Trailside Organic Farm – November 2022 Update
Written by Ian Frederick, Farm Manager and Katie Landis, Assistant Farm Manager
To make the most out of your garden, consider overwintering crops for an early spring harvest. Many root vegetables such as carrots, parsnips, beets, turnips and rutabagas get sweeter after they’ve been exposed to temperatures below freezing. The same is true for hardy leafy greens such as cabbage, kale and spinach.
At the Trailside Organic Farm, we are planning to grow spinach in our hoop house structure into the winter. Spinach is an excellent wintertime crop, as it continues to grow while other crops take a rest. In fact, Jean-Martin Fortier, author of The Market Gardener, refers to baby leaf spinach as, “…the queen of winter crops.”
Alternatively, you may have decided that cooler months are a good time for a vacation from gardening. If so, we suggest practicing the following before leaving:
·Compost (if needed)
Top-dressing and/or tilling in compost during the off-season provides physical, chemical and biological soil health benefits. Compost adds organic matter to soil. Organic matter increases rainwater infiltration and retention, and it also provides a place for microbes to live. The process of decomposition, performed by micro-organisms and macro-organisms, breaks compostables down and releases nutrients into the soil that are more accessible to plants. This is the ‘food’ that plants need to grow, and that stimulates growth.
On the subject of cover cropping, benefits integral to farm operations can also translate to raised beds. Most of all, keeping a rooted, growing cover in your soil prevents the soil health degradation that can occur when soil is left fallow. Properly chosen and managed cover crops may also supply nutrients and organic matter to your soil. For example, cover crops in the legume family may introduce nitrogen into soils that are in need of a nutrient boost. Others, such as grains and grasses, may be used to increase soil organic matter, and these are sometimes called green manures. Regardless of your cover crop choice, it is best to mow and till in cover crops before they go to seed. This measure will prevent nuisance re-seedings in the future. You could consider growing one of these winter-hardy cover crops in your raised bed this winter:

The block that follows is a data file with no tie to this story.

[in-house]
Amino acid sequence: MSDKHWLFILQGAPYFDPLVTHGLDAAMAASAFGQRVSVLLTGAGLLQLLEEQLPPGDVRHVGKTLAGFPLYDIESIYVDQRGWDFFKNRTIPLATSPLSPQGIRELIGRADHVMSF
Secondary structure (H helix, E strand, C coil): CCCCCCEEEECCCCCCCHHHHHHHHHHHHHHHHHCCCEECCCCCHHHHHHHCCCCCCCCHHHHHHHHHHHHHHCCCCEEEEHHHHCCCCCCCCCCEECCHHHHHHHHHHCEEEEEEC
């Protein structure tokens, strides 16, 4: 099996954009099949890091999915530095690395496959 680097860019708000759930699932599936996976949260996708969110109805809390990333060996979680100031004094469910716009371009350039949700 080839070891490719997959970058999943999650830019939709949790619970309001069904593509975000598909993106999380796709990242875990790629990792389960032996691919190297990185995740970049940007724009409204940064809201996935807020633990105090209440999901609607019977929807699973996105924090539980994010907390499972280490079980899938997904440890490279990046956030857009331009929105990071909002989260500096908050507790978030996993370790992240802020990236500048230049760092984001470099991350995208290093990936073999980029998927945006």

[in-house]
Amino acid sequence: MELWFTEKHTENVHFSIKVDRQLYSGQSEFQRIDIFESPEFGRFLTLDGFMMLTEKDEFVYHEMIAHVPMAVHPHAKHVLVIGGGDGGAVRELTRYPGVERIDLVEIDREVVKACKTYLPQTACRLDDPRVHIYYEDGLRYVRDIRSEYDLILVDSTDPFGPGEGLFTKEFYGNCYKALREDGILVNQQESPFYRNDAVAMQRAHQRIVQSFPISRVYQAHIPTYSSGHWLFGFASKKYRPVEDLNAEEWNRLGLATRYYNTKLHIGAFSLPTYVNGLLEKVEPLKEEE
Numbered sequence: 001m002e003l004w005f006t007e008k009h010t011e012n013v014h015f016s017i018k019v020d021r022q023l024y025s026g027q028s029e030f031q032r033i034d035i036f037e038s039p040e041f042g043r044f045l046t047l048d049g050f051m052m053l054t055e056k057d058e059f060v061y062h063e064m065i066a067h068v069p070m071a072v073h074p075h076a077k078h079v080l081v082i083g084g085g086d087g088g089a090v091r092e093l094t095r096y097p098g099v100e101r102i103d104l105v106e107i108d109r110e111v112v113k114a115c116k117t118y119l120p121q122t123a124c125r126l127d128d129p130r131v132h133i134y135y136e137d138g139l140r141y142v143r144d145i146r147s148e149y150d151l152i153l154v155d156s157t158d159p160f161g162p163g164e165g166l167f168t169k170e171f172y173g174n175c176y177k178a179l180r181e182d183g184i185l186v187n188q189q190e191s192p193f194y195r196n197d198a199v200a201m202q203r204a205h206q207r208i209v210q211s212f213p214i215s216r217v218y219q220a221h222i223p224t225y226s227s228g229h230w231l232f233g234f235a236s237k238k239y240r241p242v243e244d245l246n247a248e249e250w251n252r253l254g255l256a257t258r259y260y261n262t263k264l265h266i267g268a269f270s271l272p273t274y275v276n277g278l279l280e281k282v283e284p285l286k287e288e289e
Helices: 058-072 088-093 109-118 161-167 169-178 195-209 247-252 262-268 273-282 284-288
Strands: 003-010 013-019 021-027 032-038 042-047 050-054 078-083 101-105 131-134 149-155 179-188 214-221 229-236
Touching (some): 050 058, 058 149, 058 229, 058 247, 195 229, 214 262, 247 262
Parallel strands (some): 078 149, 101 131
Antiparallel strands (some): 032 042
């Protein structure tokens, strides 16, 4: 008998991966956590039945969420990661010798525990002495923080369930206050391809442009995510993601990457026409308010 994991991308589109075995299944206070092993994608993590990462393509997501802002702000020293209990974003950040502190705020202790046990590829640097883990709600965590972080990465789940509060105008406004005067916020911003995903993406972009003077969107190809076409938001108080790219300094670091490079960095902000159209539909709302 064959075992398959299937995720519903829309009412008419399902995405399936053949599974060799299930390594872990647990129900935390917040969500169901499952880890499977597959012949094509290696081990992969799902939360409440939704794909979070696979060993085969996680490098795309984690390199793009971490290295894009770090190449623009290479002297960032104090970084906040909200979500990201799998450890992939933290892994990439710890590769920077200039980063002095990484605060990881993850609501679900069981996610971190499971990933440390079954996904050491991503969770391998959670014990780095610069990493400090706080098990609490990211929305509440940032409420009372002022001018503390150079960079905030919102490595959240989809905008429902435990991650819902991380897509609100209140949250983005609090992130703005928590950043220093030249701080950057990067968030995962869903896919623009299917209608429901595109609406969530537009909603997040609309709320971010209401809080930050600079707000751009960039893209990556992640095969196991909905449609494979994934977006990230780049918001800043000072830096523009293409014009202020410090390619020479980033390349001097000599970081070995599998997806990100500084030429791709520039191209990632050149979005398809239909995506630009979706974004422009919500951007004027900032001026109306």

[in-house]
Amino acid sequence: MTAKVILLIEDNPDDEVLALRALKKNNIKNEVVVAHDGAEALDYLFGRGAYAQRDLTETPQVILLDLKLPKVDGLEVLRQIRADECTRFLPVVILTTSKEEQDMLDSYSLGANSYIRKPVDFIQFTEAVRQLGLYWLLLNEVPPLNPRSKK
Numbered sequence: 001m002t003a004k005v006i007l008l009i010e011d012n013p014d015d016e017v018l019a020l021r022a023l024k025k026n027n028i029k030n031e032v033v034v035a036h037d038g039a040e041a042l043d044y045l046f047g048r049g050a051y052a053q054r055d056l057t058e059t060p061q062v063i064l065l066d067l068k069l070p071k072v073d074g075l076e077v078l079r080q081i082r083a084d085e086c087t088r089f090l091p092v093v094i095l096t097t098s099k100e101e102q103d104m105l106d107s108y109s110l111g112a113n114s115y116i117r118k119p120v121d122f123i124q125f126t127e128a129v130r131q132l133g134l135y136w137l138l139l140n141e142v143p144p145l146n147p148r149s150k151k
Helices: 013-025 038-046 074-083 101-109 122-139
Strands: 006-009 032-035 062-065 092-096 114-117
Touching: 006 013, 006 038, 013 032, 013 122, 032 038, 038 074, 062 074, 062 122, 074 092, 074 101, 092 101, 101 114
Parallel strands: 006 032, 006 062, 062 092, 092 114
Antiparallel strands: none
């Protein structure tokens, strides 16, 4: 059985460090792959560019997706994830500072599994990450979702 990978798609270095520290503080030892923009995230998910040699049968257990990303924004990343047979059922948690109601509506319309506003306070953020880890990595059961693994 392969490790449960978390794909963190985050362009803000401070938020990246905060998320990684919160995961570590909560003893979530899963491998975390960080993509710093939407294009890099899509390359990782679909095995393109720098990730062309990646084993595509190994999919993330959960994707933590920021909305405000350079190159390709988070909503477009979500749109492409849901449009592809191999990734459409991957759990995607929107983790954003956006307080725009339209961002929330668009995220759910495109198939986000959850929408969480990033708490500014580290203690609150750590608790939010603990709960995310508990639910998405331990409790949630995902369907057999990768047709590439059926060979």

You may also consider looking into the process of using silage tarps atop your raised bed this fall to diminish weed pressure next spring. Ideally, tilling (or otherwise disturbing the soil) in your raised bed will stir up the weed seed bed and stimulate germination. Placing a black tarp tight against the soil surface will provide ideal conditions for weed seeds to germinate, but the complete lack of sunlight will cause weeds to perish.
For more information on the concepts discussed in this article, we suggest the following read: The Market Gardener: A Successful Grower’s Handbook for Small-Scale Organic Farming. Fortier, Jean-Martin. New Society Publishers, 2014.